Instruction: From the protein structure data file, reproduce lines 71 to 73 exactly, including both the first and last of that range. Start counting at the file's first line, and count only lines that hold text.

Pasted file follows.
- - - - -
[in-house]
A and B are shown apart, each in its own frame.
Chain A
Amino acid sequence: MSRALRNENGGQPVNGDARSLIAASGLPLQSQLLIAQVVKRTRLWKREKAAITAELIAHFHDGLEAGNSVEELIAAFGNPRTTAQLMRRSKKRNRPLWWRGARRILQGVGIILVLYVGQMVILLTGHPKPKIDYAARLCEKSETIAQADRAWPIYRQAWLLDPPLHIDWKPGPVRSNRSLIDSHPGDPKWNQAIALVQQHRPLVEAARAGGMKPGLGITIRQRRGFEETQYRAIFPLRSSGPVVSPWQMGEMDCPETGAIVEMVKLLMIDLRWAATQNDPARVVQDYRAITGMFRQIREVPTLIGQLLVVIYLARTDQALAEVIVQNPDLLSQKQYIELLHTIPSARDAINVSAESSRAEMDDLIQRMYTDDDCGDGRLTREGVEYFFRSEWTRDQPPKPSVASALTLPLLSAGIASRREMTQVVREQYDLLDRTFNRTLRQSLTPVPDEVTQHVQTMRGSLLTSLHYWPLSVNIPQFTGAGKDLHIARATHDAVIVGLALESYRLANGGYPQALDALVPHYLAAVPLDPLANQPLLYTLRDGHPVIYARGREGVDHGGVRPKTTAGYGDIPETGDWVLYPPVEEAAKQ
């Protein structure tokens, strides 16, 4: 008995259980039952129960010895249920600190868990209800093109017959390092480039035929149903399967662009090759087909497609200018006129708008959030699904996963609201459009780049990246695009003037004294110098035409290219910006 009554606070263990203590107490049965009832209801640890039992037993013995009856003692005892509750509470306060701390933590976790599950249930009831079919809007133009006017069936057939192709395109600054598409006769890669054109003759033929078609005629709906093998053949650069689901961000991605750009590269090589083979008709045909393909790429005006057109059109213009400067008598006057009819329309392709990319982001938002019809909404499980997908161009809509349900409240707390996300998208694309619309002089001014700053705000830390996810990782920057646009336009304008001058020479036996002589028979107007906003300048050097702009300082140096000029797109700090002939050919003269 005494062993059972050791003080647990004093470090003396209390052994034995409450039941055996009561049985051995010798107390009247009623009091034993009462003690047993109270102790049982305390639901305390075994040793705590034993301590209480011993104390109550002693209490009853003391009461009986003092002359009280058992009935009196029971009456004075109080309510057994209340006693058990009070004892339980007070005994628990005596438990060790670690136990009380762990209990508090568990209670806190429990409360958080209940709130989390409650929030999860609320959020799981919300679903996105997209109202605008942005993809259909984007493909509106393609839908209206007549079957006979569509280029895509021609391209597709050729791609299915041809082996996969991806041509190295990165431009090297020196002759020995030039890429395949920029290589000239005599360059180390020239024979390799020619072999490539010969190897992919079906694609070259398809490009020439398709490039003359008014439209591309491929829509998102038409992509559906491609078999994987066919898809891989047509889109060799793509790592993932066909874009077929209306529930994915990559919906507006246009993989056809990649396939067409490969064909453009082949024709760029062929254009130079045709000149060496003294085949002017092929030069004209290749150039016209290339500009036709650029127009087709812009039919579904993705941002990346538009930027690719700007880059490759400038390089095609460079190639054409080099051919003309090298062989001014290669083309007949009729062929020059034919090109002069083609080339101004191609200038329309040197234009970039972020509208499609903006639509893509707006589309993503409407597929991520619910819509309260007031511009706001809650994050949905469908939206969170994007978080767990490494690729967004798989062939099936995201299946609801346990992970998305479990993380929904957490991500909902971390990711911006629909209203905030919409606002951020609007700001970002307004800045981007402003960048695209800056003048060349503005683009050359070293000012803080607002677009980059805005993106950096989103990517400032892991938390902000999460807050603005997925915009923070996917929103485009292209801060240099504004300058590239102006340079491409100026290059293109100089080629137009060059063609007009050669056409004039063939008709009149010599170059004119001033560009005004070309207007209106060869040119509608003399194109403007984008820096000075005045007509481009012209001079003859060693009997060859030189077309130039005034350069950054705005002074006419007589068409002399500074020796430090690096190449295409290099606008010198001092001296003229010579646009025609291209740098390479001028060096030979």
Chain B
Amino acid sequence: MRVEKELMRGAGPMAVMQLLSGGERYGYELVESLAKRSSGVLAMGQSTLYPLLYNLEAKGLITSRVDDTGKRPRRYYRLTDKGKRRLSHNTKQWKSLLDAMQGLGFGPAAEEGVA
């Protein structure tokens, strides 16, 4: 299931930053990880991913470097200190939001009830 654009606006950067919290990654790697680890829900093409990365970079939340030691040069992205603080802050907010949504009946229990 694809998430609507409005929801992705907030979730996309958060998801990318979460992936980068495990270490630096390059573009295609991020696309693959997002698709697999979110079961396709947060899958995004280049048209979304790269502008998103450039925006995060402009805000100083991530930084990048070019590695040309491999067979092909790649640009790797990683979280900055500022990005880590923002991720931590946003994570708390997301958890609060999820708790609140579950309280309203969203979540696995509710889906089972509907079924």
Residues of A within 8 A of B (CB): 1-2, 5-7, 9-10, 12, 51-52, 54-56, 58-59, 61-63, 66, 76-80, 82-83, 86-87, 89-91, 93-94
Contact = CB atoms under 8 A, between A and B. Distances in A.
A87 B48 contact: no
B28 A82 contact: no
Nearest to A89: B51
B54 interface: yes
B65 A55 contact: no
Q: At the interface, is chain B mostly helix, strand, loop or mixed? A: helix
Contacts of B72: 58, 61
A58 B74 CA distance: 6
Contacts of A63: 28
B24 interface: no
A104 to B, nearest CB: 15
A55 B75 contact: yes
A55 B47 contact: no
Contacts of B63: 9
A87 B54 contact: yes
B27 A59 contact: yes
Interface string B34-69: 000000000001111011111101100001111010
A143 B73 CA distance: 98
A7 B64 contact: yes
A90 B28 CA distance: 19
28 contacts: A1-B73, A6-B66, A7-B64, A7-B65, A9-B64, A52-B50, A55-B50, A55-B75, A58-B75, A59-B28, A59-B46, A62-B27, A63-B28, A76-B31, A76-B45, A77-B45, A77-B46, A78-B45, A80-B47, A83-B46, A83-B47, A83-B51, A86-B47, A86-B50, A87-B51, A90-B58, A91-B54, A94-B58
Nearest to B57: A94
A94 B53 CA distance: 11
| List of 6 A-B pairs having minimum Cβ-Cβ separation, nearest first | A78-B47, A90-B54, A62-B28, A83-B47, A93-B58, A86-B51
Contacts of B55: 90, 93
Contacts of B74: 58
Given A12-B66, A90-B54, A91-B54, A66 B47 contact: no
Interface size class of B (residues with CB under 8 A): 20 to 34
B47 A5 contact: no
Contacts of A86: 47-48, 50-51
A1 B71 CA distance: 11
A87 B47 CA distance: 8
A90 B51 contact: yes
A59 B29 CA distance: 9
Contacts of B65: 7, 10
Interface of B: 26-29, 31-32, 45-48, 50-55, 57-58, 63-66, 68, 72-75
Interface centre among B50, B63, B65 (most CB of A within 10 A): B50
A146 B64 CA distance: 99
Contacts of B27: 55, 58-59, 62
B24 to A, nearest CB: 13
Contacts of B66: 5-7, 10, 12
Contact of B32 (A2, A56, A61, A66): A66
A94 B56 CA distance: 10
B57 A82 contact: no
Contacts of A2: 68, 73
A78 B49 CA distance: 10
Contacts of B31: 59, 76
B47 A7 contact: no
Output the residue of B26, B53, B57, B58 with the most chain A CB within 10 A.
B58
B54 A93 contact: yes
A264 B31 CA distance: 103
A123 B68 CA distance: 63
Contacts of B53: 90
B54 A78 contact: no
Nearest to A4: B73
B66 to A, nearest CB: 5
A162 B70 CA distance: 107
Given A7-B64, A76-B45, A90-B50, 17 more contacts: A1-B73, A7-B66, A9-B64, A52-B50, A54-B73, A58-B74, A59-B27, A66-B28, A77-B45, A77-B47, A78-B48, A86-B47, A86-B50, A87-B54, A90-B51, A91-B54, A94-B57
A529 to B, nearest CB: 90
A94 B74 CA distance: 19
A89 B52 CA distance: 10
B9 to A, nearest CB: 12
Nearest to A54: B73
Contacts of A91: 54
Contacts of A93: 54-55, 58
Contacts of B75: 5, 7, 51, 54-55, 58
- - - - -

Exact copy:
A94 B74 CA distance: 19
A89 B52 CA distance: 10
B9 to A, nearest CB: 12